In memory of Stevie Ryan

Credit: Kaboompics

Credit: Kaboompics

I just heard the news that Stevie Ryan, host of the Mentally Ch(ill) podcast, tragically passed away after losing her battle with depression. I came across the podcast via Kristen Carney (her co-host) from the Ask Women podcast and found her conversations with Kristen a brilliantly honest, no-filter discussion about depression. They were fascinating conversations told in such an entertaining, yet frank, manner that I found myself really enjoying them even though I don't suffer from depression myself.

I never met Stevie. Nor did I ever know her personally. Due to this, it's not appropriate for me to talk about her like I knew her for decades. But her stories were such a raw and honest insight into the daily challenges that people with depression face, that I felt compelled to at least respect her somehow.



I think the best way to honor her memory is to once again come back to this issue of mental health. I'm going to bring this up again and again and again and again and again until we all finally take this problem seriously enough. 

It's time to stop paying lip-service to this and start to let our actions speak for us. If you really want to make some kind of an impact in solving this horrible problem that so many suffer from, please donate money to a mental health charity in the country you live in. I'm sure that with a quick Google search you'll be able to find some in no time. We've clearly let this problem go too far, so it's about time that we do more than just talk.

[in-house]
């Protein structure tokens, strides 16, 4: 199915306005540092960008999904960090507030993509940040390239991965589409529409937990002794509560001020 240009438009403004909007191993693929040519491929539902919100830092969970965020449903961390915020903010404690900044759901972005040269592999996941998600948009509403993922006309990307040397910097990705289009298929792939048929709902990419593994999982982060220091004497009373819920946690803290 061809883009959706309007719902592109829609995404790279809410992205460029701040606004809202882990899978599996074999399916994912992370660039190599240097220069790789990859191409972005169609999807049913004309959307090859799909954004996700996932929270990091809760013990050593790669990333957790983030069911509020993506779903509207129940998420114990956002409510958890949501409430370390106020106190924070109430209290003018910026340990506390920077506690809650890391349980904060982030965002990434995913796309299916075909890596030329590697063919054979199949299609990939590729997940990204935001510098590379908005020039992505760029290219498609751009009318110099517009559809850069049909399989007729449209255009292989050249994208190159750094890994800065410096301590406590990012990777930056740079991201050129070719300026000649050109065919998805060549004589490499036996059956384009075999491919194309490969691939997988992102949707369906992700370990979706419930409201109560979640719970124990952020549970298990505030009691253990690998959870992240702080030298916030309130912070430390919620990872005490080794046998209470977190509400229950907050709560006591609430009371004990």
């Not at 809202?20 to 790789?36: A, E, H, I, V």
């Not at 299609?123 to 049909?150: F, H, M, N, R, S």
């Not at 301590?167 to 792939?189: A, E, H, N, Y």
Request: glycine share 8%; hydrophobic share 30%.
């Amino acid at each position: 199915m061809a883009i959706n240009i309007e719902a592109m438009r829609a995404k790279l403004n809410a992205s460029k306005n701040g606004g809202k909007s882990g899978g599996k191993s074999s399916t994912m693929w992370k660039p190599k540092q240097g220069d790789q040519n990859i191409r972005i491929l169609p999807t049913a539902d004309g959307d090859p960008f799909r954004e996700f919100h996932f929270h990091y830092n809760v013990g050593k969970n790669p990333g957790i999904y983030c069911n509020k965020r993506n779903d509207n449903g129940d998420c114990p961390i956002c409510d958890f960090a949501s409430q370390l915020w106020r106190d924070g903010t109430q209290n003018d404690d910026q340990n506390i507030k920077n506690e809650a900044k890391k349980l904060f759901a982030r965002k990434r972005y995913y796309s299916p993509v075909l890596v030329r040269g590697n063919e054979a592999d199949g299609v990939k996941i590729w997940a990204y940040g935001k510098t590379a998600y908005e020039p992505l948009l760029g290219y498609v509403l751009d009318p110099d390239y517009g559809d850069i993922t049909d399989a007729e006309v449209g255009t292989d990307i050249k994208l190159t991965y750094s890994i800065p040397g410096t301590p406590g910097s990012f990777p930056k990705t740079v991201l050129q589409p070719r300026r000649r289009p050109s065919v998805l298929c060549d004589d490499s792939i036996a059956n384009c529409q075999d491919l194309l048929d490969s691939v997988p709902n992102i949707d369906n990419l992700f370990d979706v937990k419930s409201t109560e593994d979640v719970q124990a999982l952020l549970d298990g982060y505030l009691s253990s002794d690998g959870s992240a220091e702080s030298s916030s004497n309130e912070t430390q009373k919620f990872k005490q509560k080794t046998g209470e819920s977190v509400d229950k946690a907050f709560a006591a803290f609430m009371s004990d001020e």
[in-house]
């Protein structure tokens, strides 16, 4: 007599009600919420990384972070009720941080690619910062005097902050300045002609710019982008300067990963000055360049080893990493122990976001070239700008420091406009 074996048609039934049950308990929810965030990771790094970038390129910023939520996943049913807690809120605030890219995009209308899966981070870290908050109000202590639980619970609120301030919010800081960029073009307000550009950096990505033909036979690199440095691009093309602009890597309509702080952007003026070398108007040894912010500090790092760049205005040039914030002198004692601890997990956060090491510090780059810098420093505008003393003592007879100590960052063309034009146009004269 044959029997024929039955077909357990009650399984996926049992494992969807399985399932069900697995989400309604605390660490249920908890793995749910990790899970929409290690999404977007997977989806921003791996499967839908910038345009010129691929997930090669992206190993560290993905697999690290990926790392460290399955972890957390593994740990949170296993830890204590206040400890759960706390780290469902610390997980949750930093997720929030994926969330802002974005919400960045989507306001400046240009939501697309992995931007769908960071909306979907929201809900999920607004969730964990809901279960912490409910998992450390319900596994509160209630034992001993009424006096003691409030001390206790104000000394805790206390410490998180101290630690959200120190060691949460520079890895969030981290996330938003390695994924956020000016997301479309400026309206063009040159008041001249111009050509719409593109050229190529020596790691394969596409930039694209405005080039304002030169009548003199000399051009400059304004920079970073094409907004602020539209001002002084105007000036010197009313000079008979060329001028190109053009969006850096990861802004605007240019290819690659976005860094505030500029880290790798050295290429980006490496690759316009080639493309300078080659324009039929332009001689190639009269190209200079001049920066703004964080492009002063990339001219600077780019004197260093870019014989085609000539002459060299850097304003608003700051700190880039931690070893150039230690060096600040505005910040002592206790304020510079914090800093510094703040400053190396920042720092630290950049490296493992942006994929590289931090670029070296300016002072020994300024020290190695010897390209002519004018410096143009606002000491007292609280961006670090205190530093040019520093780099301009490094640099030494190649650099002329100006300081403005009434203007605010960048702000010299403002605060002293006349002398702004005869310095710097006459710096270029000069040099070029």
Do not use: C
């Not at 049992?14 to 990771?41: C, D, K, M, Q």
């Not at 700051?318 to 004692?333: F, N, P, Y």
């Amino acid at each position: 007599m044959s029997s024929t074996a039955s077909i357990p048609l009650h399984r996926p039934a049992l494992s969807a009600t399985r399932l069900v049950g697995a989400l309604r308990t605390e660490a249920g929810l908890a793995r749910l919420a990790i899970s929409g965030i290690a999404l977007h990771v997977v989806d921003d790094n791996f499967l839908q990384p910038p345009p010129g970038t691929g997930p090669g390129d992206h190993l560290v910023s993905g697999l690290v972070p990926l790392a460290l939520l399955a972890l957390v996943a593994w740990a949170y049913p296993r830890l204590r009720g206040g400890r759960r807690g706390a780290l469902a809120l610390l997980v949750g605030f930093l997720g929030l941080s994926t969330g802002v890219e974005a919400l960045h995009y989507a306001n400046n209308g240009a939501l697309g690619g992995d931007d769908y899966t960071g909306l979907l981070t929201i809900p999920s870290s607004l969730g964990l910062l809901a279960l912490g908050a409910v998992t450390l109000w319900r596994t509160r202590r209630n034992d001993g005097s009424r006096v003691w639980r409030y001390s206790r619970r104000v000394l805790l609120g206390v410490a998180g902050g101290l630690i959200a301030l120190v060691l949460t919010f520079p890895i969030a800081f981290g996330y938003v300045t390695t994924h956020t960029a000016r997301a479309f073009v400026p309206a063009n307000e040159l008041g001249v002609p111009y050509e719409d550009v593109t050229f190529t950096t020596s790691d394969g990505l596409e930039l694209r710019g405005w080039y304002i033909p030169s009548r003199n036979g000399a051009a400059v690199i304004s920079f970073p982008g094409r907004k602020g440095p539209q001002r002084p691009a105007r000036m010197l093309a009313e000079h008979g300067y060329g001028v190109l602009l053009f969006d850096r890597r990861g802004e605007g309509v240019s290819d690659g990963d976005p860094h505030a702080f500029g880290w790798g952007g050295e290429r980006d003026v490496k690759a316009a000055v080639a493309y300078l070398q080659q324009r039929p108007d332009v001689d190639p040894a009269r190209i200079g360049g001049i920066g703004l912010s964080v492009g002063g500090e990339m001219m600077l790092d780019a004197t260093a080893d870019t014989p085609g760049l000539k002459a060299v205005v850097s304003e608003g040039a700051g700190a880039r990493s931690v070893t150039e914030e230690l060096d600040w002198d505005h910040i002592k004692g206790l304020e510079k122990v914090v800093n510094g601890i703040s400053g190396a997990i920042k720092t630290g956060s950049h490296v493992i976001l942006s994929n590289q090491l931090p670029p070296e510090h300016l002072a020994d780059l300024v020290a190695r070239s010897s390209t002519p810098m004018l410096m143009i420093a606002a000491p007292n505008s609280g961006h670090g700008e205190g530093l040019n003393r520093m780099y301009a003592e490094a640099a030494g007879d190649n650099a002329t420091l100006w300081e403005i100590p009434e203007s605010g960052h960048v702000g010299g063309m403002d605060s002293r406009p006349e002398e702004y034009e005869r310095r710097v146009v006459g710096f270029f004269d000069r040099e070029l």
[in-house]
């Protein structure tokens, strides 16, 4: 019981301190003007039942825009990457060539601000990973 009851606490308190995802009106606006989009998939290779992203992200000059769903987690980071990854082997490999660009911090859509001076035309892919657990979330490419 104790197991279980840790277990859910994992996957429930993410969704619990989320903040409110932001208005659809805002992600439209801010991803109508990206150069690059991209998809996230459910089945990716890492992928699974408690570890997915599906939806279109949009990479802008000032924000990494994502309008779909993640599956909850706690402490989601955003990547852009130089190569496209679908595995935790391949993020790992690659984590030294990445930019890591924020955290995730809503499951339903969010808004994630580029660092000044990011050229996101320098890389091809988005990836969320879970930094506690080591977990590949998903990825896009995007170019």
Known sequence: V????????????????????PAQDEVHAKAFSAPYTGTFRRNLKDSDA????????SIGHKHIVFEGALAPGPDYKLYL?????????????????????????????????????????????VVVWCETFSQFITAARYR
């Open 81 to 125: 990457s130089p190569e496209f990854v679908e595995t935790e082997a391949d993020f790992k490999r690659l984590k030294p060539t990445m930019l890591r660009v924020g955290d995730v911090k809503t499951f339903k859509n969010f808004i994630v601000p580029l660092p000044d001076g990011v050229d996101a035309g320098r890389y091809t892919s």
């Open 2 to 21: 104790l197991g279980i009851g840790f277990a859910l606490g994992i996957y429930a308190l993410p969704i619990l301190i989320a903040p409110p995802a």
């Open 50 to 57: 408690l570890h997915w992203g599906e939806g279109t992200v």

If there's one thing that I learned from this tragic event and from following the Mentally Ch(ill) podcast in general, it's just how ignorant I was of how seriously so many people in the world suffer from their internal battles. In a bit of an odd metaphor, but I think it's similar to how humans cannot hear certain frequencies of sound but bats, dolphins, and other animals can hear them. Thus, it is literally outside of our range of perception/understanding to hear these frequencies even though they may be occurring right now.

I think that in similar vein, the battles that people like Stevie went through were literally outside my range of understanding/knowledge (even though they were very real and very much happening) until I started listening to her podcast. Then I learned just how real and serious this stuff was.

Once again, if you want to be a part of the solution to this problem, please take the time out to donate whatever amount you can spare to a mental health charity in your country (link to American ones). If you're struggling with depression, please reach out to a helpline in your country here and talk to a close friend.

Finally, from the bottom of my heart, I say rest in peace Stevie, and:

See you, Space Cowboy